I am putting in a 6-space 100-amp outside box with three 20-amp and two 30-amp breakers.

None of the new breakers are double-pole or 240V.

There is a 10/2 cable running there (formerly used for the double pole 30A, perhaps not the best possible installation, but there it is).

Can I hook up the three wires in the /2 cable (hot, neutral, and ground) to the panel wiring only one side/leg and then run a jumper wire to the other side?

  • 1
    Hello, and welcome to Home Improvement. It's a little hard to understand your question; would you add a bit more info (and a period or two)? – Daniel Griscom May 18 '20 at 17:06
  • all videos I see show a 4 wire system 2 black (hot) wires I only have 1 hot wire is it ok to jumper the hot wire to the other side of the box – robert A hummer May 18 '20 at 17:15
  • The op wants to run the entire panel on 120v , a jumper is needed from the hot buss to the other buss. This is what @ Harper is saying is ok I agree. – Ed Beal May 18 '20 at 18:47
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    OP I've made some edits to your question, based on what I think you mean. Please review and edit further if I'm wrong. – Harper - Reinstate Monica May 18 '20 at 19:48
  • Are you putting this panel inside or outside? – ThreePhaseEel May 18 '20 at 23:51

Yeah, that's fine, but you'll have to rearrange things a bit to make it work.

However, you'll need a disconnect switch

The best way to get that is to fit one more breaker, and backfeed it. (i.e. the supply comes in where the power normally goes out).

A backfeed breaker requires a tie-down kit to be applied. Tie-down kits only fit on 2-pole breakers. (it's called "pole" by the way).

Normally, you would split the feed, e.g. with a wire nut and 2 pigtails, to this 2-pole "master" breaker.

I'm not sure why you're getting such a small panel (in terms of spaces). But since you are out of spaces, we can do a trick. On the 2-pole breaker, one side is the backfeed side from supply. The other side is one of your 30A loads that you mentioned. So this breaker is serving as both the disconnect switch and a branch circuit load. Not elegant, but it will work.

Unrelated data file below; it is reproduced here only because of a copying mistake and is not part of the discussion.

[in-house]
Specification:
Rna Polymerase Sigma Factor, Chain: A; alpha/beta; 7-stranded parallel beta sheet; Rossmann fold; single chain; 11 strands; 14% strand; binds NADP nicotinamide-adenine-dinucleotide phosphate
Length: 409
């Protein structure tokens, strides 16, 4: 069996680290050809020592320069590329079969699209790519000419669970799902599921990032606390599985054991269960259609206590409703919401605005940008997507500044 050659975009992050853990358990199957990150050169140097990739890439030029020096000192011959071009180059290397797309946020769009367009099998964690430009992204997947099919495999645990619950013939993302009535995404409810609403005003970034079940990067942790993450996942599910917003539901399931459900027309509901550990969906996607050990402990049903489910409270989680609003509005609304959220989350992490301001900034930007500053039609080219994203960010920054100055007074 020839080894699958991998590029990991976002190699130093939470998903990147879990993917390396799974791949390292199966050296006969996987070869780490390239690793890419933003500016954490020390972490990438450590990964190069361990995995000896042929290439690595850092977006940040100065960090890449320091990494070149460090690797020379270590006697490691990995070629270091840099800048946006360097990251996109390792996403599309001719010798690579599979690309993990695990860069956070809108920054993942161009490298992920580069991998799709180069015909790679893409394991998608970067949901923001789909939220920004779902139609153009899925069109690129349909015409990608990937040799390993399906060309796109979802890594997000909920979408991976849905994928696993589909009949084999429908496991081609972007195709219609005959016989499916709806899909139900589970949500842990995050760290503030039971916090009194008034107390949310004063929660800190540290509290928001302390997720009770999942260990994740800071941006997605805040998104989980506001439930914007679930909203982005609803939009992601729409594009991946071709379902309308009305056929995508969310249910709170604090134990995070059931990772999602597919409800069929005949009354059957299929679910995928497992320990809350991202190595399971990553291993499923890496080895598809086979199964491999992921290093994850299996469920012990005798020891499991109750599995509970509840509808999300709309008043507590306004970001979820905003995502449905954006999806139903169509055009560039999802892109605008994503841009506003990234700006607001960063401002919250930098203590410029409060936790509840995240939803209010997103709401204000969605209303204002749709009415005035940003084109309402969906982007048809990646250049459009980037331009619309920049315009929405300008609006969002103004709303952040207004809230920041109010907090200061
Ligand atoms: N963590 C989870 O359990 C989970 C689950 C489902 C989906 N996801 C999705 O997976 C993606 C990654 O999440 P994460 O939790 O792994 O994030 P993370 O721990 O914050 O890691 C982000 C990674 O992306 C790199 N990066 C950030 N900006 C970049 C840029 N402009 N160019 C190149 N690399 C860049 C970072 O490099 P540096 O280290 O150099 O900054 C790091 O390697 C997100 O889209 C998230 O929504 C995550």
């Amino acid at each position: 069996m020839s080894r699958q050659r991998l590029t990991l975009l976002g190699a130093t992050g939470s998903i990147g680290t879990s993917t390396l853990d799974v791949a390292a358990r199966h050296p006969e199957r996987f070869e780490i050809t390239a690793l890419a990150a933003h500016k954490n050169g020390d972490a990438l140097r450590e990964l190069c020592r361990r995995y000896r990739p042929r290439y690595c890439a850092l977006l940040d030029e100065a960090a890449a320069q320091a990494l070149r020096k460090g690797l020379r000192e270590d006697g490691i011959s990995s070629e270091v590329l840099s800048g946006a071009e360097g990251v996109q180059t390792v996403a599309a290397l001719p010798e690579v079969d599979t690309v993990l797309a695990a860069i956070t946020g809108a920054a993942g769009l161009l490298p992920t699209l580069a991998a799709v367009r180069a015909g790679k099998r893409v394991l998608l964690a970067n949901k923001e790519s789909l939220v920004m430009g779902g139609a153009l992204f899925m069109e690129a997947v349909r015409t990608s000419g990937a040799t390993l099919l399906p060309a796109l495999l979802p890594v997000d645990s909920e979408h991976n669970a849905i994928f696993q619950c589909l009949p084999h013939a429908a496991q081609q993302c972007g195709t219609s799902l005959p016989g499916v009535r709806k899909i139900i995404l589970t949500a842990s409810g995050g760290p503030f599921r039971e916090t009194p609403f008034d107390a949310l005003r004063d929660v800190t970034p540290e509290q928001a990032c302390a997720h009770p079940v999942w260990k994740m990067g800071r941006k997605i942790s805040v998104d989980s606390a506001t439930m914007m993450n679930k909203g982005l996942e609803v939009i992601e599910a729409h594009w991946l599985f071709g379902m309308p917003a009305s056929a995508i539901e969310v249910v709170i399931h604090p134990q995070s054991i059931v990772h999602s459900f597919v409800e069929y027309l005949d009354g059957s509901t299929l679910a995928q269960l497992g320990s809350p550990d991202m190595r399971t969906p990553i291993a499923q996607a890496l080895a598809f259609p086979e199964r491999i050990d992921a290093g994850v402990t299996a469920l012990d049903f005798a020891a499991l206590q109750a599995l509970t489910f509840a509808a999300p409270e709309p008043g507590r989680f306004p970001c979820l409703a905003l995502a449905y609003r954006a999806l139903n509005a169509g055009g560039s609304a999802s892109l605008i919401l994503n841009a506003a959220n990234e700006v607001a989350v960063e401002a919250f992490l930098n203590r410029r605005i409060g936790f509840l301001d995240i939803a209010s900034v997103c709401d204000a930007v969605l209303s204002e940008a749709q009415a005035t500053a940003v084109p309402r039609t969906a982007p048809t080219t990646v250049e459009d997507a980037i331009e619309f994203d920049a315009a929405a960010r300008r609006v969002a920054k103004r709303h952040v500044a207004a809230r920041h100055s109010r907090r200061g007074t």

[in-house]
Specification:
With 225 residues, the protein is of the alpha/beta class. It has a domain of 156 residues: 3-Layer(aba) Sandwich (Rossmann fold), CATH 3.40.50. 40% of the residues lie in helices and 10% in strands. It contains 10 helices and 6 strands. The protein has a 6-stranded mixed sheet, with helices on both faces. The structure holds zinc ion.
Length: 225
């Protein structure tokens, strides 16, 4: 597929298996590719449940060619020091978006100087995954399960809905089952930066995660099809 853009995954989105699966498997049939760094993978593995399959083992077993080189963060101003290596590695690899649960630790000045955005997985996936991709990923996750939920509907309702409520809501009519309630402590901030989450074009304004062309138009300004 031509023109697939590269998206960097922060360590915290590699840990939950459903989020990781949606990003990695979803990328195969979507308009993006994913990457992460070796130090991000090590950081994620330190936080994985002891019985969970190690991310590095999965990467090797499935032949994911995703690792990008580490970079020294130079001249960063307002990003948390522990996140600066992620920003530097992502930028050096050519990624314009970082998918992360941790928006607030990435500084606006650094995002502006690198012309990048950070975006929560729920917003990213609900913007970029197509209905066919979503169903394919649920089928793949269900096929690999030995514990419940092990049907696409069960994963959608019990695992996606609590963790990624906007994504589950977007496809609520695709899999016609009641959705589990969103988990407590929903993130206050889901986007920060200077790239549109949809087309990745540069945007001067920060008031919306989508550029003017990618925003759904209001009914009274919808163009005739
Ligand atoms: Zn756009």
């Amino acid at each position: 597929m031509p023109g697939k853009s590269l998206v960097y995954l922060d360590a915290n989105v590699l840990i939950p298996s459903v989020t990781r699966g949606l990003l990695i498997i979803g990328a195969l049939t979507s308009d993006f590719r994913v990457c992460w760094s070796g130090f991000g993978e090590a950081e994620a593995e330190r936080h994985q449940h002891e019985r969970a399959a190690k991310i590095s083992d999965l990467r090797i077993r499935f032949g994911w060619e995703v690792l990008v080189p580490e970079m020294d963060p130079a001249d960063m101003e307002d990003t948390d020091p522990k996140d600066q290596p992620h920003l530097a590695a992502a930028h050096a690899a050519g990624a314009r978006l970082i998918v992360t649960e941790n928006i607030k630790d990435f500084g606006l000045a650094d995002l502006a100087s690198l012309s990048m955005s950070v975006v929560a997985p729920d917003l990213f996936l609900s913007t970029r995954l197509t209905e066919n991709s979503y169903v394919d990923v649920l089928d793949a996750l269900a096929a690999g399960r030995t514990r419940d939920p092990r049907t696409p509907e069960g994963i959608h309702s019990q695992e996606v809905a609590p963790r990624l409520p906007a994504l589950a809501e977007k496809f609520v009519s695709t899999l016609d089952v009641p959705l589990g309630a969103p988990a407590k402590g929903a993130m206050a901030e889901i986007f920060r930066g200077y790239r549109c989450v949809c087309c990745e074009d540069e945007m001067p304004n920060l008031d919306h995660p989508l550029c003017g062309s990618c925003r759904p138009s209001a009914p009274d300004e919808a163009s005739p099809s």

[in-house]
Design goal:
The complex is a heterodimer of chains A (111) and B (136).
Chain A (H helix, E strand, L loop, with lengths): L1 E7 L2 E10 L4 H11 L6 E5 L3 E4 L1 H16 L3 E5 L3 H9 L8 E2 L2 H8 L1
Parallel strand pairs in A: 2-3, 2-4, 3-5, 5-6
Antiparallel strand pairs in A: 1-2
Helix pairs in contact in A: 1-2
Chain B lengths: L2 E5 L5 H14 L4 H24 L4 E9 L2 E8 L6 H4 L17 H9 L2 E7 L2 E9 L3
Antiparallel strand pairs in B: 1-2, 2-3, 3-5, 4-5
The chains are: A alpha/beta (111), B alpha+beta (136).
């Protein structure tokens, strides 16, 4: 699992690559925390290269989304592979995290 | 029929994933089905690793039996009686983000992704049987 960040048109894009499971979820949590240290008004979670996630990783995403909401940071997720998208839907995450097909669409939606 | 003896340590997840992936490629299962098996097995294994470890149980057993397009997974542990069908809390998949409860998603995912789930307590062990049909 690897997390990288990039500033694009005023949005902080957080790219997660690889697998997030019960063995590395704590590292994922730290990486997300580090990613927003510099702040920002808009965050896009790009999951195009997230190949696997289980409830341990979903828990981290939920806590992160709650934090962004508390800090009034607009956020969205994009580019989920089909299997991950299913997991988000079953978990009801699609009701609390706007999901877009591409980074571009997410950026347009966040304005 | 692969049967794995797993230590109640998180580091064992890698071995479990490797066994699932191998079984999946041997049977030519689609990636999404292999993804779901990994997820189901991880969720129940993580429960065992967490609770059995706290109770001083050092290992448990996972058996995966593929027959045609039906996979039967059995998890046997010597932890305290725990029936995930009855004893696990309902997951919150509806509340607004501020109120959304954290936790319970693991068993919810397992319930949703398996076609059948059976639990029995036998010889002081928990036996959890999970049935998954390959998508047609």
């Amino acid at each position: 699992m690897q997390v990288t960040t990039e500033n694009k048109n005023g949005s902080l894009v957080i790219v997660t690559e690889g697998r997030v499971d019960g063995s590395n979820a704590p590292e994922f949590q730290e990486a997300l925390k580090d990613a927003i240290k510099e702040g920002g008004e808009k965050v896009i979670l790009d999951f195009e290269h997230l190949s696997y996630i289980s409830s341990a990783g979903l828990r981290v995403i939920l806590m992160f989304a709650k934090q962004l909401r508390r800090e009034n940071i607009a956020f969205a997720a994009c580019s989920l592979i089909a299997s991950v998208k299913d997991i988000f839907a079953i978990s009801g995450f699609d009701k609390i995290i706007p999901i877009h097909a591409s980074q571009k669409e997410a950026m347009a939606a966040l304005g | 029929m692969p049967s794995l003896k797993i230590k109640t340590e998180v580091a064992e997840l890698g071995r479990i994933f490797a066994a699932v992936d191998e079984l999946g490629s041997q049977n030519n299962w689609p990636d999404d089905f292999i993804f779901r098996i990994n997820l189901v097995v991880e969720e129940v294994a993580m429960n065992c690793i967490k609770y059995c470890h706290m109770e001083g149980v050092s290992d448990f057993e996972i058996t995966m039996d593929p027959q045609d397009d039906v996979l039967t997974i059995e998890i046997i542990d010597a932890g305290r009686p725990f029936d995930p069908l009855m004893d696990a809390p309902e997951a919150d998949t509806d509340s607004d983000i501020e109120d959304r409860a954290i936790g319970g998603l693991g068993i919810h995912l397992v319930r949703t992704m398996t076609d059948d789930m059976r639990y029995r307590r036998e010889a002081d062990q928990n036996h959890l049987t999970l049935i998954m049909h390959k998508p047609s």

"But wait. I am only backfeeding one leg. How does power get to the other leg?"

Surely this panel has main lugs. You run a wire from one main lug to the other. I recommend a #3 Cu wire since it is a 100A panel after all. But a #10 would be safe for now.

Okay, okay, I hear you on "big panel". How do I wire that?

If the new panel has a main breaker, use that for the disconnect switch. Simply put two #10 pigtails on the two "hot" terminals and wire-nut them to your #10 wire coming in. (use a big tan or red wirenut).

If your panel is "main lug", you still need a disconnect switch, so you'll be forced to backfeed a 2-pole breaker again. Since you have the space, go ahead and get a 2-pole breaker with tiedown kit, and do the "two #10 pigtails" thing as described in the last paragraph. (we didn't do that with the 6-space panel because there wasn't room).

Then proceed normally.

Remember do not put MWBC (shared neutral) circuits in a 120V panel.

  • Apparently you understand the question. I'd appreciate it if you'd update it (and the title) so the rest of us are on board. – isherwood May 18 '20 at 18:17
  • I'm wondering if an Altech EK12 with a row of Eaton FAZ-NAs and matching busbar kit might be better for this application, as apparently some folks plotz at the use of a split-phase panel in a single-phase app... – ThreePhaseEel May 18 '20 at 23:53

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